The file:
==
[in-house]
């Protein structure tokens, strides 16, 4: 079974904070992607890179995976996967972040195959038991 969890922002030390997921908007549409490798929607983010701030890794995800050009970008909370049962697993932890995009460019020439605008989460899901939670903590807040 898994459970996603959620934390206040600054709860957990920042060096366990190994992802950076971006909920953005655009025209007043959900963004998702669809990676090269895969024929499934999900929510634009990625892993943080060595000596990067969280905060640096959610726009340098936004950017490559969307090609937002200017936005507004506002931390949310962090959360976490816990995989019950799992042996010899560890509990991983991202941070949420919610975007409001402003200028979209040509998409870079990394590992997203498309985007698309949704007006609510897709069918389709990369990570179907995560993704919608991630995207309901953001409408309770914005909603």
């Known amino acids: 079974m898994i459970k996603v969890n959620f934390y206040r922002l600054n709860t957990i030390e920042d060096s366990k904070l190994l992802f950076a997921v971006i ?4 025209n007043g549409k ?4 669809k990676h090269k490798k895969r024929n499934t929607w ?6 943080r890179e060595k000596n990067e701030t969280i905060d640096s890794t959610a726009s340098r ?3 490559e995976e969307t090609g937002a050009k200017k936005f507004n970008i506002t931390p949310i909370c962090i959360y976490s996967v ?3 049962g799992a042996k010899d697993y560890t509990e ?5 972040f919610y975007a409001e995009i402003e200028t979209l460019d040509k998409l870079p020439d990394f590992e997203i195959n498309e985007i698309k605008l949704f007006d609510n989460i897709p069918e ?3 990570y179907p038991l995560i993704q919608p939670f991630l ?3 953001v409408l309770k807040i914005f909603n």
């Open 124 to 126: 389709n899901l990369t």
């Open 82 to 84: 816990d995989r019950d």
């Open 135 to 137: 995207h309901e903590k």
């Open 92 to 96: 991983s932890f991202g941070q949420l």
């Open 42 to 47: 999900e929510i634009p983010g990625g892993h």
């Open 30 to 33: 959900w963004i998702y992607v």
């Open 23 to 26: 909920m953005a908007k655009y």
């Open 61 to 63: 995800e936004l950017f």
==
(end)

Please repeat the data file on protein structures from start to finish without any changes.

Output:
[in-house]
């Protein structure tokens, strides 16, 4: 079974904070992607890179995976996967972040195959038991 969890922002030390997921908007549409490798929607983010701030890794995800050009970008909370049962697993932890995009460019020439605008989460899901939670903590807040 898994459970996603959620934390206040600054709860957990920042060096366990190994992802950076971006909920953005655009025209007043959900963004998702669809990676090269895969024929499934999900929510634009990625892993943080060595000596990067969280905060640096959610726009340098936004950017490559969307090609937002200017936005507004506002931390949310962090959360976490816990995989019950799992042996010899560890509990991983991202941070949420919610975007409001402003200028979209040509998409870079990394590992997203498309985007698309949704007006609510897709069918389709990369990570179907995560993704919608991630995207309901953001409408309770914005909603």
């Known amino acids: 079974m898994i459970k996603v969890n959620f934390y206040r922002l600054n709860t957990i030390e920042d060096s366990k904070l190994l992802f950076a997921v971006i ?4 025209n007043g549409k ?4 669809k990676h090269k490798k895969r024929n499934t929607w ?6 943080r890179e060595k000596n990067e701030t969280i905060d640096s890794t959610a726009s340098r ?3 490559e995976e969307t090609g937002a050009k200017k936005f507004n970008i506002t931390p949310i909370c962090i959360y976490s996967v ?3 049962g799992a042996k010899d697993y560890t509990e ?5 972040f919610y975007a409001e995009i402003e200028t979209l460019d040509k998409l870079p020439d990394f590992e997203i195959n498309e985007i698309k605008l949704f007006d609510n989460i897709p069918e ?3 990570y179907p038991l995560i993704q919608p939670f991630l ?3 953001v409408l309770k807040i914005f909603n």
């Open 124 to 126: 389709n899901l990369t």
């Open 82 to 84: 816990d995989r019950d």
């Open 135 to 137: 995207h309901e903590k």
């Open 92 to 96: 991983s932890f991202g941070q949420l």
């Open 42 to 47: 999900e929510i634009p983010g990625g892993h």
């Open 30 to 33: 959900w963004i998702y992607v």
């Open 23 to 26: 909920m953005a908007k655009y």
């Open 61 to 63: 995800e936004l950017f």